Porous boundaries? One example of this is the DSM-5 category autism spectrum disorder, formerly split into the DSM-IV categories of autistic disorder, Asperger’s disorder, and pervasive developmental disorder not otherwise specified. DSM-5 instructs that individuals formerly diagnosed with one of those DSM-IV categories should now be given the diagnosis of autism spectrum disorder. There is one residual category that can be used for individuals who have “marked deficits in social communication, but whose symptoms do but otherwise meet criteria for autism spectrum disorder” (American Psychiatric Association, 2013, p. 51). That category is social (pragmatic) communication disorder.

The point here is that the failure to make an accurate diagnosis can be a significant source of error in mental health practice. Diagnosis is challenging on its own, but as time goes on and diagnostic conceptualizations change, clinicians have to engage in perpetual study and training or risk falling behind. Risk areas include inadequate familiarity with contemporary diagnostic science, failure to detect the presence of multiple pathologies, and insufficient cultural competence in caring for culturally diverse patients and families. All of these areas can be addressed by training, experience, and clinical supervision.

Preventing Medical Errors in Behavioral Health is a 2-hour online continuing education (CE/CEU) course intended to increase clinicians’ awareness of the many types of errors that can occur within mental health practice, how such errors damage clients, and numerous ways they can be prevented. Its emphasis is on areas within mental health practice that carry the potential for “medical” errors. Examples include improper diagnosis; breaches of privacy and confidentiality; mandatory reporting requirements; managing dangerous clients; boundary violations and sexual misconduct; the informed consent process; and clinical and cultural competency. There are major new sections on psychotherapy in the digital age, including the use of social networking systems, the practice of teletherapy, and the challenges of maintaining and transmitting electronic records. *This course satisfies the medical errors requirement for license renewal of Florida mental health professionals. Course #21-03 | 2015 | 28 pages | 14 posttest questions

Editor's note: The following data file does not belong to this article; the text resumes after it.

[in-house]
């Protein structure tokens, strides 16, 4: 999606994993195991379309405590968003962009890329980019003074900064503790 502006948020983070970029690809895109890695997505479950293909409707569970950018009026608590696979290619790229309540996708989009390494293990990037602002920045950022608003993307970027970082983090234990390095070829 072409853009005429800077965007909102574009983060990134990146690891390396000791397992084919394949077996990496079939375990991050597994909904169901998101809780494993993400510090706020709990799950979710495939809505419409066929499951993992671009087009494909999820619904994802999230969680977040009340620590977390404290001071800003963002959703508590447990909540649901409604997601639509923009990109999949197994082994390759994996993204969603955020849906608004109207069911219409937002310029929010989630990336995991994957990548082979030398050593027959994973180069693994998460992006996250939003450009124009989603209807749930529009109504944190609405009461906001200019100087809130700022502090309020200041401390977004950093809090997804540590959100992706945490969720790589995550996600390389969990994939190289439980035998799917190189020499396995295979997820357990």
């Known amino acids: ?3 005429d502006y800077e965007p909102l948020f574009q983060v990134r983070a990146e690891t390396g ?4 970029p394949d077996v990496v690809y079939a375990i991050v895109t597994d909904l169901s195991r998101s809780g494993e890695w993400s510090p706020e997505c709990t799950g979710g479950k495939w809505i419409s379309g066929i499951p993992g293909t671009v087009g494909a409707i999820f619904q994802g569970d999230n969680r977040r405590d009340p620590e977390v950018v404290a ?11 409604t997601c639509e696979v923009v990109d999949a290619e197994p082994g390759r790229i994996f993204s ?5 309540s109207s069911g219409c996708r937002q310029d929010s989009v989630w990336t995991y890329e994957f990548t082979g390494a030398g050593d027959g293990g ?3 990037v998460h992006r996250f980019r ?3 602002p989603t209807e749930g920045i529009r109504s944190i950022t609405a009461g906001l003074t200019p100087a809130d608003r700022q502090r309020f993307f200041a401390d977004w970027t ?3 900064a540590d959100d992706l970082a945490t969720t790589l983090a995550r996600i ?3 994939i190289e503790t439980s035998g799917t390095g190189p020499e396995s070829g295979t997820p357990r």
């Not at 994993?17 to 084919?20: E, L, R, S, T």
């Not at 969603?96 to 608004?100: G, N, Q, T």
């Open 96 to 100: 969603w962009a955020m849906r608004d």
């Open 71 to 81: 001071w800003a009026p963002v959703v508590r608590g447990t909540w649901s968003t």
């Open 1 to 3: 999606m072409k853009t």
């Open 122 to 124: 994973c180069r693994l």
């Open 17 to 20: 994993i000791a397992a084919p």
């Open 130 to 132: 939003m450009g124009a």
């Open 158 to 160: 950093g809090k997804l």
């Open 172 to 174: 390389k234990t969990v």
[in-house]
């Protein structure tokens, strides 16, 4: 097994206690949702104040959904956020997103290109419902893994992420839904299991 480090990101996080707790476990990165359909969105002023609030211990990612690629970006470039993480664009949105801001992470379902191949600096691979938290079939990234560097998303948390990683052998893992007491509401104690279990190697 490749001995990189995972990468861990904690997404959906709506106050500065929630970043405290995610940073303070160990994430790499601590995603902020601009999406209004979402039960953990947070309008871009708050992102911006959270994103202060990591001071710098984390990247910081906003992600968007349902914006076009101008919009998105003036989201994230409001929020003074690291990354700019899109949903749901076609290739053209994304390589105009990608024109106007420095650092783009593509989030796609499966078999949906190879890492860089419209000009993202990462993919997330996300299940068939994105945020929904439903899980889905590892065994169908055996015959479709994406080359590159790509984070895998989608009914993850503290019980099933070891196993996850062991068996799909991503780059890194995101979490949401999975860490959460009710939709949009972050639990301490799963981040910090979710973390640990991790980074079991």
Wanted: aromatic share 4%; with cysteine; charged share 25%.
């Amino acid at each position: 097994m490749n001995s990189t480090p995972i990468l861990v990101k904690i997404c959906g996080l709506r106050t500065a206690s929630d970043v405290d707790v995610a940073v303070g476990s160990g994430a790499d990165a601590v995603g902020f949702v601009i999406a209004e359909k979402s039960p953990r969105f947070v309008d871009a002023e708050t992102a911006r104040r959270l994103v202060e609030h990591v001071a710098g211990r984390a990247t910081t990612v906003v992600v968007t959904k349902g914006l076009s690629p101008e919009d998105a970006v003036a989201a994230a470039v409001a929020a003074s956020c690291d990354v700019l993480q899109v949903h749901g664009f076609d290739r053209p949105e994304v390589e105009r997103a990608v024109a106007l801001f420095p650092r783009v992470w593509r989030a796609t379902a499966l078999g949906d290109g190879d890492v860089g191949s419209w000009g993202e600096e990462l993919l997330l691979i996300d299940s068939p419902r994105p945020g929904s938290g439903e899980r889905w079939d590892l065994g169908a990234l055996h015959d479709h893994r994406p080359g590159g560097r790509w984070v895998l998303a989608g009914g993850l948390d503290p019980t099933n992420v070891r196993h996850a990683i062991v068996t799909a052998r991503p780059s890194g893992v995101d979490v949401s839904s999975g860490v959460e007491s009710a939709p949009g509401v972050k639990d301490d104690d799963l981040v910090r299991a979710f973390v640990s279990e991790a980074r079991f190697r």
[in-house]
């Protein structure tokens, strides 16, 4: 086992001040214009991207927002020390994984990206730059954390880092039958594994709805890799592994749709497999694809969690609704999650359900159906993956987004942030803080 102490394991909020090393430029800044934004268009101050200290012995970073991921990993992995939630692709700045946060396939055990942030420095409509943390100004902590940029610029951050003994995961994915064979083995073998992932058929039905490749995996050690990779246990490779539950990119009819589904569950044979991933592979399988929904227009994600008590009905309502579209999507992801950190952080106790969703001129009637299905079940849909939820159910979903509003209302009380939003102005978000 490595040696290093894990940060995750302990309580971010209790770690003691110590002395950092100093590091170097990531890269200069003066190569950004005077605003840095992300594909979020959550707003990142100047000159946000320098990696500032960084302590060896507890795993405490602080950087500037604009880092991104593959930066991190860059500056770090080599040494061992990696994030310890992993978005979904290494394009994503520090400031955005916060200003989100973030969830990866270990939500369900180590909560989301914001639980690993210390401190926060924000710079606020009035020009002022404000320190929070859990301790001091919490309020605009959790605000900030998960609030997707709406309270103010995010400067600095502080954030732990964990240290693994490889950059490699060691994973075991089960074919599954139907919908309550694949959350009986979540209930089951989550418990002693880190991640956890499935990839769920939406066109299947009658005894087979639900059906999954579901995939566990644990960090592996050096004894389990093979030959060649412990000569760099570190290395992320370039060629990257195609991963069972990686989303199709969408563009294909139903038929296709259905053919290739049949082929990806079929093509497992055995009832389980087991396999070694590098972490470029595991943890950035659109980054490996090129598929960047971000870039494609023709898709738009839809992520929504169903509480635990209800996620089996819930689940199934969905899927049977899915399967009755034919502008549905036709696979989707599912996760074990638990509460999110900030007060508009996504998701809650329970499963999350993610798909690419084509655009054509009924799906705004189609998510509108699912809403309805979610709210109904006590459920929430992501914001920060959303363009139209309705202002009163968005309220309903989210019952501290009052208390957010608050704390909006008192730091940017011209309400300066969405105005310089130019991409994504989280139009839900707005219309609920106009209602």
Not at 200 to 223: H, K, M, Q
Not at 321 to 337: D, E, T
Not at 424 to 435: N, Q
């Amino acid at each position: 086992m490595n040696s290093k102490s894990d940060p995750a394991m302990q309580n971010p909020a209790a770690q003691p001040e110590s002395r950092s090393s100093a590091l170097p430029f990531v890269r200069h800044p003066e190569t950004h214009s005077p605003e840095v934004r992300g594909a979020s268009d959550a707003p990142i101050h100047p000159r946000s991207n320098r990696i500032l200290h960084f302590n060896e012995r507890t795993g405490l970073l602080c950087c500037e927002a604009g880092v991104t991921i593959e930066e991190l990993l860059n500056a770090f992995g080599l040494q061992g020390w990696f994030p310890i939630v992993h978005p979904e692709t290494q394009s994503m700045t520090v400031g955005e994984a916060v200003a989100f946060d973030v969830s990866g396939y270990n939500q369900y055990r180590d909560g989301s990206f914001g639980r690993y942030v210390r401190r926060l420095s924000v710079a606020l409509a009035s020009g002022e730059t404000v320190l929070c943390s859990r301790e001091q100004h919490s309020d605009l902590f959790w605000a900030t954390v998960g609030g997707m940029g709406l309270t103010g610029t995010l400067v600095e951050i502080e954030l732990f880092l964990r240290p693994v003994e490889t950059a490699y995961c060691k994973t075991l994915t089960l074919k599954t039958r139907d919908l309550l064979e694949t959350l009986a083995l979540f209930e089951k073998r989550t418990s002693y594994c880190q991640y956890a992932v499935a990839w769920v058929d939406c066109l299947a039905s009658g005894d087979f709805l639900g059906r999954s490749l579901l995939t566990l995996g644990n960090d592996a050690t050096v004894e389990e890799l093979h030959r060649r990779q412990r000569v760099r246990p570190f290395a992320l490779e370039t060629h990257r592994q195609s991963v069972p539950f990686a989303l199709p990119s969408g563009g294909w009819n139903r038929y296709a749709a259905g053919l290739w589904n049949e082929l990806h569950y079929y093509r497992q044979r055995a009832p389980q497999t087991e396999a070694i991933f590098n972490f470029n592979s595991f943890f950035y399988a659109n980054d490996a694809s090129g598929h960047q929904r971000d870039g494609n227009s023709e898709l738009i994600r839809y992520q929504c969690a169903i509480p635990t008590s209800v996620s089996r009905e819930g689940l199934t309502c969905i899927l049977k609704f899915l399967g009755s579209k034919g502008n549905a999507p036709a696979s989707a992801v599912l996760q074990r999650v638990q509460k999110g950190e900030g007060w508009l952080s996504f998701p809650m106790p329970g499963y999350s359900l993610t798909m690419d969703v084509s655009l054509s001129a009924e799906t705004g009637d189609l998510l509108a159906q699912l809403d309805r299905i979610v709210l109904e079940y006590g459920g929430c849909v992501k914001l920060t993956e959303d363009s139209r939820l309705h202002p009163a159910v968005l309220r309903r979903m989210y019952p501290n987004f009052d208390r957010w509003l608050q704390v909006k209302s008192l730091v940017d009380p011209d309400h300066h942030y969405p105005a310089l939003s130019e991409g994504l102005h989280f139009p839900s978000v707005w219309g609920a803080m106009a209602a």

Professional Development Resources is approved by the American Psychological Association (APA) to sponsor continuing education for psychologists; the National Board of Certified Counselors (NBCC ACEP #5590); the Association of Social Work Boards (ASWB Provider #1046, ACE Program); the California Board of Behavioral Sciences (#PCE1625); the Florida Boards of Social Work, Mental Health Counseling and Marriage and Family Therapy (#BAP346), Psychology & School Psychology (#50-1635); the South Carolina Board of Professional Counselors & MFTs (#193); and the Texas Board of Examiners of Marriage & Family Therapists (#114) and State Board of Social Worker Examiners (#5678).

 

Preventing Medical Errors in Behavioral Health

By Leo Christie, PhD; Catherine Christie, PhD and Susan Mitchell, PhD

Preventing Medical Errors in Behavioral Health is a 2-hour online continuing education (CE/CEU) course that satisfies the medical errors requirement of Florida mental health professionals.

Preventing Medical Errors in Behavioral HealthWhen the Florida administrative code first mandated that licensees’ biennial continuing education requirement was to include two hours of training on the prevention of medical errors, there was a considerable amount of grumbling on the part of many licensees in the mental health field. The general sense of it was that – since we do not practice medicine – what is the relevance to our practice? The level of discontent was further amplified by the content requirement proposed by several of the Florida boards, which required specific topics to be included, topics that seemed to be more relevant to medical practice than psychotherapy practice.

Eventually, the courses offered by some accredited providers began to be more closely tailored to the needs of professionals who attend their clients’ psychological and emotional needs rather than to their medical needs. Preventing Medical Errors in Behavioral Health was written to include all of the elements that are required for an approved medical errors course while including topics and case examples that will resonate with both novice and seasoned mental health professionals. While it remains a required course for Florida licensees and satisfies their biennial requirement, it is also intended to be of clinical interest to psychotherapists in other states who wish to increase their awareness of the ways in which clients can be harmed and the many strategies for avoiding such undesirable outcomes. Its emphasis is on areas within mental health practice that carry the potential for “medical” errors. Examples include improper diagnosis; breaches of privacy and confidentiality; mandatory reporting requirements; managing dangerous clients; boundary violations and sexual misconduct; the informed consent process; and clinical and cultural competency. There are major new sections on psychotherapy in the digital age, including the use of social networking systems, the practice of teletherapy, and the challenges of maintaining and transmitting electronic records. *This course satisfies the medical errors requirement for license renewal of Florida mental health professionals. Course #21-03 | 2015 | 28 pages | 14 posttest questions

This online course provides instant access to the course materials (PDF download) and CE test. Successful completion of the online CE test (80% required to pass, 3 chances to take) and course evaluation are required to earn a certificate of completion. You can print the test (download test from My Courses tab of your account after purchasing) to mark your answers on it while reading the course document. Then submit online when ready to receive credit.